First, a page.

Miss Minnesota: A full-time job

Miss Minnesota 2019, Kathryn Kueppers, visited Detroit Lakes in July, shortly after winning the Miss Minnesota title. This will be her first time in DL in the winter. (Submitted Photo)

Before becoming Miss Minnesota, Kueppers was studying Family Consumer Science Education at Minnesota State University in Mankato. She has a two-year Culinary Arts degree from Saint Paul College.

“They really need teachers in that field,” Kueppers said of Family Consumer Science. “I realized it would be more fulfilling to me to teach a man to fish versus give a man a fish.”

Kueppers had to take a year off from school after winning Miss Minnesota in June 2019. It’s a full-time job, going to three or four pageant-related events per week on average, she said. The summer months are even busier, sometimes with events every day, or twice a day.

“Even if I’m not out in the public appearing, I’m always doing things behind the scenes and at home,” Kueppers said.

Part of Kuepper’s job is to support her Social Impact Initiative, a cause that candidates choose to support when running in a competition associated with the Miss America Organization.

“I call it The Invisible Crown,” Kueppers said, explaining what her initiative is all about. “It’s essentially a way of remarketing and rebranding the Miss America organization at the local and state level.”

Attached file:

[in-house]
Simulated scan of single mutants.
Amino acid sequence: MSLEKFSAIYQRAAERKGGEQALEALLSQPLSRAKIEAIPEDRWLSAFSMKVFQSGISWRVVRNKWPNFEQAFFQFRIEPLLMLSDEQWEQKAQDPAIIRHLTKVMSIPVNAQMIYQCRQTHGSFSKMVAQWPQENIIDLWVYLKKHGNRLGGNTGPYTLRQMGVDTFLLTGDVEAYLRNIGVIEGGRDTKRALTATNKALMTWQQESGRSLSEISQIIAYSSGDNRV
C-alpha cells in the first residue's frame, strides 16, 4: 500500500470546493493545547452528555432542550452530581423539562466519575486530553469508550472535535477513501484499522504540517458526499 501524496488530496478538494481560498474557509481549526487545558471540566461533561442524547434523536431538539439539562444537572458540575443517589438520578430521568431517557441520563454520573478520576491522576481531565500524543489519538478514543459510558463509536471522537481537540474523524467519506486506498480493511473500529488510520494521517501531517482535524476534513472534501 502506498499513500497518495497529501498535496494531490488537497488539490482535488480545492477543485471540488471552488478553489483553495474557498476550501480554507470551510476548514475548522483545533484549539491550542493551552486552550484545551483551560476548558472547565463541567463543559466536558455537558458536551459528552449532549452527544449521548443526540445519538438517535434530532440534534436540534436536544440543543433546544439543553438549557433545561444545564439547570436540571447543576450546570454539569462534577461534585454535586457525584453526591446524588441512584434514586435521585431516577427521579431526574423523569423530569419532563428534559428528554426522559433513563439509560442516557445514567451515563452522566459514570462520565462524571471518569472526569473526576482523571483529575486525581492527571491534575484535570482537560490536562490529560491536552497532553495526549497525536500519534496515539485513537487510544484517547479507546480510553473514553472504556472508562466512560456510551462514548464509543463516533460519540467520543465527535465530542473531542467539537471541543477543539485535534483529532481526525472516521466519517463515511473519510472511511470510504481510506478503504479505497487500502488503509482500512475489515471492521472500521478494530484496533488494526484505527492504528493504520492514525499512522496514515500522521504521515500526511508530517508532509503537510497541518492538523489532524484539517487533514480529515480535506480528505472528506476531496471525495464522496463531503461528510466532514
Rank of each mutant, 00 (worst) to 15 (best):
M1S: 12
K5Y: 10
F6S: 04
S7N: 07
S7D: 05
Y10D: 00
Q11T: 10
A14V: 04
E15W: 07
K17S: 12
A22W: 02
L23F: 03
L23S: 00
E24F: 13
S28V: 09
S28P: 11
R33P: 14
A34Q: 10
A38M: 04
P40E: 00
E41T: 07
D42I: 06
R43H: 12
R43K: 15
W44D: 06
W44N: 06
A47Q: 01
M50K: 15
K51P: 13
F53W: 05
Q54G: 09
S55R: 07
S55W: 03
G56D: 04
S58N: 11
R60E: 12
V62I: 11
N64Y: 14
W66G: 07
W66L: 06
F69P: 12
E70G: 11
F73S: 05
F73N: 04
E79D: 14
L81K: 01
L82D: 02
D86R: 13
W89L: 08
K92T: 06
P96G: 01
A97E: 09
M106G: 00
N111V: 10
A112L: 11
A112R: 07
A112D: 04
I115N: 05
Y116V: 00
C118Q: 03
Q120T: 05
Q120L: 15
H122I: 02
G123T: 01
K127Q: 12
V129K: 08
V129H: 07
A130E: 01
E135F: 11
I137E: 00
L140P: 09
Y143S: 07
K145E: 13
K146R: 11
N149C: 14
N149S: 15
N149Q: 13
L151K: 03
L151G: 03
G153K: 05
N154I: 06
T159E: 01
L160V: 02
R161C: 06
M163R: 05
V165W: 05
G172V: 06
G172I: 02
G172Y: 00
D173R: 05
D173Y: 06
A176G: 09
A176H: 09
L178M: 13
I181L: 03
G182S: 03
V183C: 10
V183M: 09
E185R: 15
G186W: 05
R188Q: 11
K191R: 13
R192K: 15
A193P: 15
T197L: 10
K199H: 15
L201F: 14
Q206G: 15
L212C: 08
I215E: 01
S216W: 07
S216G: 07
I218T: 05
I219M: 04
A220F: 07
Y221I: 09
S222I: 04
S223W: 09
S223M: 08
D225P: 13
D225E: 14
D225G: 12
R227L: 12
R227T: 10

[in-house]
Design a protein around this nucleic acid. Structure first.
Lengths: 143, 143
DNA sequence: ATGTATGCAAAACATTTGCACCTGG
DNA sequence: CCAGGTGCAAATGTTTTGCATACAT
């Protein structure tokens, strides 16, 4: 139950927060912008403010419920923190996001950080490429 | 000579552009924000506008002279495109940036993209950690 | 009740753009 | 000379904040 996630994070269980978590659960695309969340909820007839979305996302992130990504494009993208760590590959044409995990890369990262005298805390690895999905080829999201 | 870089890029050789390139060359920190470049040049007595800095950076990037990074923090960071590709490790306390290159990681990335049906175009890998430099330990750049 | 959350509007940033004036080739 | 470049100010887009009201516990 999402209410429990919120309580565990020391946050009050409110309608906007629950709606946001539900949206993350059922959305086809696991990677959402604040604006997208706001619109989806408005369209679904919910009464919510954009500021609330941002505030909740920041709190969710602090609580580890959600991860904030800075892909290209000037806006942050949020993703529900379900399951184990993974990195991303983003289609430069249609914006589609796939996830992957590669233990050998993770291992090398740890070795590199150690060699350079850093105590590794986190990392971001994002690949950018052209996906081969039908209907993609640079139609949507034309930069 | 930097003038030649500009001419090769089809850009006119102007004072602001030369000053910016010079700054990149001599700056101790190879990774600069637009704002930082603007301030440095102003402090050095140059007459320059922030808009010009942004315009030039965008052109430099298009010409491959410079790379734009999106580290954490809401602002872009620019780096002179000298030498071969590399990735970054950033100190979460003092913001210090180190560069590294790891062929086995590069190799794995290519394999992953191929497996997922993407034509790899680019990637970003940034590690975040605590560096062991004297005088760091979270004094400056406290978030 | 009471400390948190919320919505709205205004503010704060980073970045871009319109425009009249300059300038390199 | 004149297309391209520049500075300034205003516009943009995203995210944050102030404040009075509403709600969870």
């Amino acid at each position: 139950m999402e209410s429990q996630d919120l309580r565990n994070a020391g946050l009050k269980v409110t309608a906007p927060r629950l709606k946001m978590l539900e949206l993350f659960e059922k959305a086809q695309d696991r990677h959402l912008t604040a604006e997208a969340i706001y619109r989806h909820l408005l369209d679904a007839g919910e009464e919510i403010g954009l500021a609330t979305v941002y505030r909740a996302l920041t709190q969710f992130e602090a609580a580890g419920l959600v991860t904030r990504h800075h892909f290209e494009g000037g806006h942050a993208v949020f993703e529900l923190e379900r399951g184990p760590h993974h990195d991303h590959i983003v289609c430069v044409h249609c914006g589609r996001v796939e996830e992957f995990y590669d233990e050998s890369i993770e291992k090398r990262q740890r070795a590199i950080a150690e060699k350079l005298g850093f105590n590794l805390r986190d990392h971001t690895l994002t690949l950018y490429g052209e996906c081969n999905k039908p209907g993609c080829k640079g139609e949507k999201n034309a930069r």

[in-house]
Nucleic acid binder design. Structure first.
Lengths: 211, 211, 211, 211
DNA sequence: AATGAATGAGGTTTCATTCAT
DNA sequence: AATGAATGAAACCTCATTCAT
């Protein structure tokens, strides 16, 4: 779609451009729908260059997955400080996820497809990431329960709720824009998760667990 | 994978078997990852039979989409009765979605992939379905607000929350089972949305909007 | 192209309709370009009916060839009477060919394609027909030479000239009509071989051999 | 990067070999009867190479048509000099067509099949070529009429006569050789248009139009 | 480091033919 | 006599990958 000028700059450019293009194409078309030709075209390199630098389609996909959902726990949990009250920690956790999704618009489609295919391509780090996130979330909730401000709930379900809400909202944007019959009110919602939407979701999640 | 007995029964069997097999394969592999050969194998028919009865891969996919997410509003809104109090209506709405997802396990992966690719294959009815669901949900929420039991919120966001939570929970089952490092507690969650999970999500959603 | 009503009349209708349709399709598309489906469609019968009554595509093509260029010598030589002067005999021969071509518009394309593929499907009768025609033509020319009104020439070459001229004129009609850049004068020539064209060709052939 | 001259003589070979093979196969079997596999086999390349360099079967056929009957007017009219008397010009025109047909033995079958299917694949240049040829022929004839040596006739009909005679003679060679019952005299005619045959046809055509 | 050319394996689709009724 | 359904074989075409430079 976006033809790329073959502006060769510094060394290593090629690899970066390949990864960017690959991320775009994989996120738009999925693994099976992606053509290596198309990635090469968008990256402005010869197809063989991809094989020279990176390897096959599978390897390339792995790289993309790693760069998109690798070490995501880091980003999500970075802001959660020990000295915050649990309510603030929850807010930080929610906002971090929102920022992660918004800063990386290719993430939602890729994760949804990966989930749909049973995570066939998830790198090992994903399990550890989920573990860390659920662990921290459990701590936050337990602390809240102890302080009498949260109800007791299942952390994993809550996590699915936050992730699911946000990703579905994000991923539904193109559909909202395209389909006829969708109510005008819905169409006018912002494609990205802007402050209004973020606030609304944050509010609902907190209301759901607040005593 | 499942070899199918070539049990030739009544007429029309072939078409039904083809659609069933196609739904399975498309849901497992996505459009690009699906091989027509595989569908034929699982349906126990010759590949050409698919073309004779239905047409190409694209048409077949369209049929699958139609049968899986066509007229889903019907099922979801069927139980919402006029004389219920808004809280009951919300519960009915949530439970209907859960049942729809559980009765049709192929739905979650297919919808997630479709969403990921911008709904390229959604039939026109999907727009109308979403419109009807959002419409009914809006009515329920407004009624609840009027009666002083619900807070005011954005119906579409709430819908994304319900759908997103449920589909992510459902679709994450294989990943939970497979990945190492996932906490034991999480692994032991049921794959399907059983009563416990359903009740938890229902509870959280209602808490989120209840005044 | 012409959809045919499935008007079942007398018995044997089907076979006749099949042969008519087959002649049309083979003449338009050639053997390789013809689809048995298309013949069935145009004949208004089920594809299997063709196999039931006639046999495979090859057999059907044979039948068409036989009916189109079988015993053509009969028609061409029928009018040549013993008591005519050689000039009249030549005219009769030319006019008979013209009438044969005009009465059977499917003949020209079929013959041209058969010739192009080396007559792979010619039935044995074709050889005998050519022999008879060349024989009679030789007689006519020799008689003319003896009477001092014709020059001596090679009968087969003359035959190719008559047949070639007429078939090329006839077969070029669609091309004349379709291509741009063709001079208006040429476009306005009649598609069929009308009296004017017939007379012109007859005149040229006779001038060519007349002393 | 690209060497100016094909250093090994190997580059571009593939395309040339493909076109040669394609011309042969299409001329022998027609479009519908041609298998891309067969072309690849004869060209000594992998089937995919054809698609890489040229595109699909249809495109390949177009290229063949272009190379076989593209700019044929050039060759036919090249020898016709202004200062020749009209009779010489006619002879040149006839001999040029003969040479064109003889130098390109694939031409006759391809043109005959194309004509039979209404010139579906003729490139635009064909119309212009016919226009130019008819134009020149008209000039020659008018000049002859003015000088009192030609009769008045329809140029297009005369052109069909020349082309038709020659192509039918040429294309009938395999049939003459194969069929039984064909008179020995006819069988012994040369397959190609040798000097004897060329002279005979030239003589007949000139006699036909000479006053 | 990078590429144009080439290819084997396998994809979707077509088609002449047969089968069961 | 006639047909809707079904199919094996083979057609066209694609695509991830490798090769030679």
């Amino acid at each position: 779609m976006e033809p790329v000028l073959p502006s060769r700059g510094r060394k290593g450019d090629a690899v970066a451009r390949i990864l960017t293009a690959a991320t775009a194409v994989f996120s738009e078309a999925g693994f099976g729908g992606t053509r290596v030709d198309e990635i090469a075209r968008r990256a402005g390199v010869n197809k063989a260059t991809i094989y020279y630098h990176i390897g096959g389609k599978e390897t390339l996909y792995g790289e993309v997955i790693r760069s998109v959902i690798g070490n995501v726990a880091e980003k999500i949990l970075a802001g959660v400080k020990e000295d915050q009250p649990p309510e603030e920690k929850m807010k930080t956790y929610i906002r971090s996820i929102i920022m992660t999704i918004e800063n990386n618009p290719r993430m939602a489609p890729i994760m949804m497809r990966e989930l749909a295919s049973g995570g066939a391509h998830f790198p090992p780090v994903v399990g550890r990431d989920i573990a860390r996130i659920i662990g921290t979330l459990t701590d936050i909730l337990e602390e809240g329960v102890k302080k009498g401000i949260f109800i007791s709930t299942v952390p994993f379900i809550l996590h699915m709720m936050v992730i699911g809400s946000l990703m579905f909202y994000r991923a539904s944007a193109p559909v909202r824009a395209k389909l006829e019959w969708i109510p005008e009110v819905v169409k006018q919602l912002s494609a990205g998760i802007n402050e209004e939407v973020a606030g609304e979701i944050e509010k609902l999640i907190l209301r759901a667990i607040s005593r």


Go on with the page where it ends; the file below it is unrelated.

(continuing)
She’s created informational videos about the organization and the changes Miss America 2.0 brought, works on recruiting candidates and scholarships, and has held multiple talks/speeches.

“I always wanted my legacy to be having grown this legacy (Miss America) because I’m so passionate about it,” she said. Through her initiative, she feels she’s accomplished that.

A long-time dream

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Being crowned Miss Minnesota. (Photo by Paula Preston Photography)

Kueppers’ passion for Miss America started at a young age, as her mother, Vicki (Plaster) Kueppers, was also involved in the organization. She followed in her mother’s shoes all the way to winning Miss Minnesota, as Vicki also won the title, in 1983. They are the first mother-daughter pair to win Miss Minnesota.

“When I won, she was just so relieved that I completed my dream,” Kueppers said of her mom. “She’s very proud, to say the least.”

Even though she grew up knowing all about the Miss America Organization, Kueppers said being Miss Minnesota has not been what she expected. She started competing in the organization before it was rebranded as Miss America 2.0, but won after the rebrand, which created a whole different experience.

“It was actually perfect for me because I was able to really put in all of my knowledge from the previous era,” she said.

Now that she’s accomplished her long-time goal of being Miss Minnesota, Kueppers is trying to prepare herself to “put my pageant days behind me and just do my volunteer work,” she said.

If You Go

WHAT: Minne“Soda” Hotdish Challenge and Dinner

WHERE: Grace Lutheran Church, 213 Roosevelt Avenue

WHEN: Sunday, Feb. 9, 4-6 p.m., Awards announced at 5:30

TO COMPETE: Register by Sunday, Feb. 2 by contacting Jim Brogren at 218-841-2986

For more stories about 2020 Polar Fest, CLICK HERE .

Related Topics: EVENTS